so’’ and I guarantee you there are plenty of mechanics out there who
    will skim over or even skip certain jobs.

  5. I just recently did the 50K service on my XJ8 and it was
    painless, cheap and I know it was done right. I also used
    synthetic oil which the dealership would not unless I pay them $120
    USD.

Working in the service industry myself (telco system repair) I’m
privy to some scary insights. I’ve also been ‘‘inside’’ the auto
repair industry enough to know what’s up. They’re not all crooks
but the system is ripe for abuse.

The original message included these comments:

rarity. If you could afford such a low mileage example in
the first place I would suggest you keep taking it to a
proper Jaguar dealer, especially as you’ll get a Jaguar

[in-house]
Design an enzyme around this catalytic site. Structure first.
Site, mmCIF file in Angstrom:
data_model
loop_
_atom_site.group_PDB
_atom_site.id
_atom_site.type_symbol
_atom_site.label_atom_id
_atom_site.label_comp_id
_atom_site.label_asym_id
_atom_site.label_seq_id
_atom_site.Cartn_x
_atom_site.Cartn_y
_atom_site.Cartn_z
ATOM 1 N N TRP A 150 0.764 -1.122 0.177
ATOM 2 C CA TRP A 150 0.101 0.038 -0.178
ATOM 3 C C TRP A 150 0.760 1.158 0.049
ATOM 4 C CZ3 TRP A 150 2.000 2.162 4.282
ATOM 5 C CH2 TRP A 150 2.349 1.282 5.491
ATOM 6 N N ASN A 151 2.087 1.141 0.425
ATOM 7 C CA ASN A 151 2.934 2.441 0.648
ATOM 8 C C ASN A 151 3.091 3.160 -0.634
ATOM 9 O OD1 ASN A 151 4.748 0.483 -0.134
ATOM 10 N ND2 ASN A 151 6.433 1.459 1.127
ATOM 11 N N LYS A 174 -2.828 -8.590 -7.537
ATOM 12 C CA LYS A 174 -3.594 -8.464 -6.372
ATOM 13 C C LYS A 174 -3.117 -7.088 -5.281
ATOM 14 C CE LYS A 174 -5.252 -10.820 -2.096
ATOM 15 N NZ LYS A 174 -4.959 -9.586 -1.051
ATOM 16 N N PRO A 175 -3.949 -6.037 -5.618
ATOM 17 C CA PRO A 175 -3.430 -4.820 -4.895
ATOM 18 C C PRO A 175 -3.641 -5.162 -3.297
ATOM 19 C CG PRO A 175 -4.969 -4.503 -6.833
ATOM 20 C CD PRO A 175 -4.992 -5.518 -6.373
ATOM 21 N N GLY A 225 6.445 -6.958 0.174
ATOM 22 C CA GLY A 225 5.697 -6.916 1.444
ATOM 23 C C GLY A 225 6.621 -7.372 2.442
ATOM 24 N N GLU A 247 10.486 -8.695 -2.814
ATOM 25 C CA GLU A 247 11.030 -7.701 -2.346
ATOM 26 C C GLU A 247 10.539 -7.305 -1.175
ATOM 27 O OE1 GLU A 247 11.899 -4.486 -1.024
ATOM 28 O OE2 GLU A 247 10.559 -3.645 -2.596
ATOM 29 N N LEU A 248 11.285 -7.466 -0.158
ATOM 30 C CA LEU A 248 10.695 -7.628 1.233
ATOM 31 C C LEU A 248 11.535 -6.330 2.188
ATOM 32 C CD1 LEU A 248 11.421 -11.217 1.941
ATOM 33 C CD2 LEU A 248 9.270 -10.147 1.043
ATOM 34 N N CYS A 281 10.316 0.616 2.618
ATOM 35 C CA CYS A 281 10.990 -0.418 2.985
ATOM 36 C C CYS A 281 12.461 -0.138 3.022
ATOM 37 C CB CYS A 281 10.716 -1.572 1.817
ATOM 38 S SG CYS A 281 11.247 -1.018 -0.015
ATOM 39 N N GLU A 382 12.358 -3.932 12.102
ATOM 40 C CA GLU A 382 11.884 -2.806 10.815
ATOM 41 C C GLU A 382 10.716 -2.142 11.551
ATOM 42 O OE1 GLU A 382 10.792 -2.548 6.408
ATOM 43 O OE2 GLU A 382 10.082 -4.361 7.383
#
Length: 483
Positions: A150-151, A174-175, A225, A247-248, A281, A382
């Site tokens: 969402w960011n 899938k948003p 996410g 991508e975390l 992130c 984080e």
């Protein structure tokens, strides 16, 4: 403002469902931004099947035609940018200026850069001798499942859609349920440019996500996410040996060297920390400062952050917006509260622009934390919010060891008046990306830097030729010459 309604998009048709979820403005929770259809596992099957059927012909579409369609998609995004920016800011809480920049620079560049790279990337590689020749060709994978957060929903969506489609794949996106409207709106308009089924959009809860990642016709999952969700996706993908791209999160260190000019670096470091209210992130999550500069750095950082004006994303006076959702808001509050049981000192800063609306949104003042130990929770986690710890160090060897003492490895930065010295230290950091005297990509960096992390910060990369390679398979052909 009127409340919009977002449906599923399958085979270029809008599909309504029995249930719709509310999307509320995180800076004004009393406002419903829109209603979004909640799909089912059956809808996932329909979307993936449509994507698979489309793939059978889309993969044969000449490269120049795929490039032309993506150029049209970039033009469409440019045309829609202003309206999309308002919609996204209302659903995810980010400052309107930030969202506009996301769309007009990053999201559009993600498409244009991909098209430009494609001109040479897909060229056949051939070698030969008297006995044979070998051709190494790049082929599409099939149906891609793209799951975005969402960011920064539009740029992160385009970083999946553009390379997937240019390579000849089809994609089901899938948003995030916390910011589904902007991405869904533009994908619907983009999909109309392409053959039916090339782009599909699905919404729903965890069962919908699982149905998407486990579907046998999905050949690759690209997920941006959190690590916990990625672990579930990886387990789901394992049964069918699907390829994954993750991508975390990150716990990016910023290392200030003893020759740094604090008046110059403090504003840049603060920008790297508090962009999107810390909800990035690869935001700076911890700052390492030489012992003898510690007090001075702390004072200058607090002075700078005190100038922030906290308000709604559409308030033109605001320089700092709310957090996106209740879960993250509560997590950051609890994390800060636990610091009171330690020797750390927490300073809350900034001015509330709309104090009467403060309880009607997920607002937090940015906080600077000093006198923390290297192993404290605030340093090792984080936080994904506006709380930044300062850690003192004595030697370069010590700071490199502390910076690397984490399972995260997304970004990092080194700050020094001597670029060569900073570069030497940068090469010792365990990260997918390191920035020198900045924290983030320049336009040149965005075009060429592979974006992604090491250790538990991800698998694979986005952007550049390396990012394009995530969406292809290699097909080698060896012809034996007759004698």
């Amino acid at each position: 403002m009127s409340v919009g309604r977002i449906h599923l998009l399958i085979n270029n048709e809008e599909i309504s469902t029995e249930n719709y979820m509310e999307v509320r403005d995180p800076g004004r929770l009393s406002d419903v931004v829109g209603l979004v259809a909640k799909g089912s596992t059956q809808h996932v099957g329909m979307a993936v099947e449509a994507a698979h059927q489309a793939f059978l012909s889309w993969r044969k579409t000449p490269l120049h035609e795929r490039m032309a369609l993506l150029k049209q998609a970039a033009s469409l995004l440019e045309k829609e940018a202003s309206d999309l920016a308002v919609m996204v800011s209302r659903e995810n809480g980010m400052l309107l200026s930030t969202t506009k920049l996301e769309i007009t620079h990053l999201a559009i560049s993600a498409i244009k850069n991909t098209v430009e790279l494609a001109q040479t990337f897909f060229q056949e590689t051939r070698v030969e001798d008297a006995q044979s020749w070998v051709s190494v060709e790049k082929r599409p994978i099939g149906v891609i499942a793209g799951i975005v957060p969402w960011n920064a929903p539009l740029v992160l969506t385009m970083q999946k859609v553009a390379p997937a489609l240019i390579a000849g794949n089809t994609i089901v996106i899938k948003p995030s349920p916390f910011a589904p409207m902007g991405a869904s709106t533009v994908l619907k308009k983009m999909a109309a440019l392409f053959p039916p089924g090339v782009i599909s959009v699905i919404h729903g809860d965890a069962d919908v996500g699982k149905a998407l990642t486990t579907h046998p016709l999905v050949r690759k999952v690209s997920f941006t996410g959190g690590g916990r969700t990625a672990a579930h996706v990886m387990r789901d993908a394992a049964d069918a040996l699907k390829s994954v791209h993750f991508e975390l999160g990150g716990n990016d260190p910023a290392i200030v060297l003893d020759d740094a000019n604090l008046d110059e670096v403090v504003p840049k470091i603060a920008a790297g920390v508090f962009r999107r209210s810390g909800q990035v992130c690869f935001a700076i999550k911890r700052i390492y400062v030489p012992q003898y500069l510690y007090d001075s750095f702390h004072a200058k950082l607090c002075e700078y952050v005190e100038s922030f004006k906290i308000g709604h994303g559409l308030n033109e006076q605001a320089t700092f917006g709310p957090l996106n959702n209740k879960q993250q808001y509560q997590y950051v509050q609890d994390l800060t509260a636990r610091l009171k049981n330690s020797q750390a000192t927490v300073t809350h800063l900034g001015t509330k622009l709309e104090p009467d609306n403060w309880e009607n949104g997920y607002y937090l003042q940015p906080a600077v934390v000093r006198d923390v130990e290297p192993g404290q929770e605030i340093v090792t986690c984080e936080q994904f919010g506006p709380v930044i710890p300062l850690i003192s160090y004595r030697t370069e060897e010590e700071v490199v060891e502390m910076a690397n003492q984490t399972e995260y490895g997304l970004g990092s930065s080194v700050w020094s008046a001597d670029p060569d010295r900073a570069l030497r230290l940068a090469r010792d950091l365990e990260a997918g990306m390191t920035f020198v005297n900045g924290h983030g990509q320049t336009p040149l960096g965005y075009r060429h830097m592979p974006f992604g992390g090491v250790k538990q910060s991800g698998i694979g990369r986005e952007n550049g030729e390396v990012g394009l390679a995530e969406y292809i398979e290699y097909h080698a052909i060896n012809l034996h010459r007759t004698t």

stamp in your service book which will help you sell it in
the future. I just had a 70,000 on my '97 XJ6 at an official
Jaguar dealer because my service book is full of Jaguar
stamps, plus I’ve only just bought it and I wanted peace of
mind.
I don’t understand though why you have already done some
jobs yourself, you say because you didn’t know the history
when you bought it at 20,000 miles. You must have got a


Jason F.
Dallas, TX, United States
–Posted using Jag-lovers JagFORUM [forums.jag-lovers.org]–


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In reply to a message from Paul Coates sent Fri 21 Feb 2003:

I understand very well why you want to maintain your cars
yourself. If you want a job done properly, then do it
yourself the saying goes; it’s very true. I am not
criticising anyones ability to maintain their vehicles
better than a workshop mechanic, my concerns lay primarilly
when selling the car (in the UK anyway). Basically here the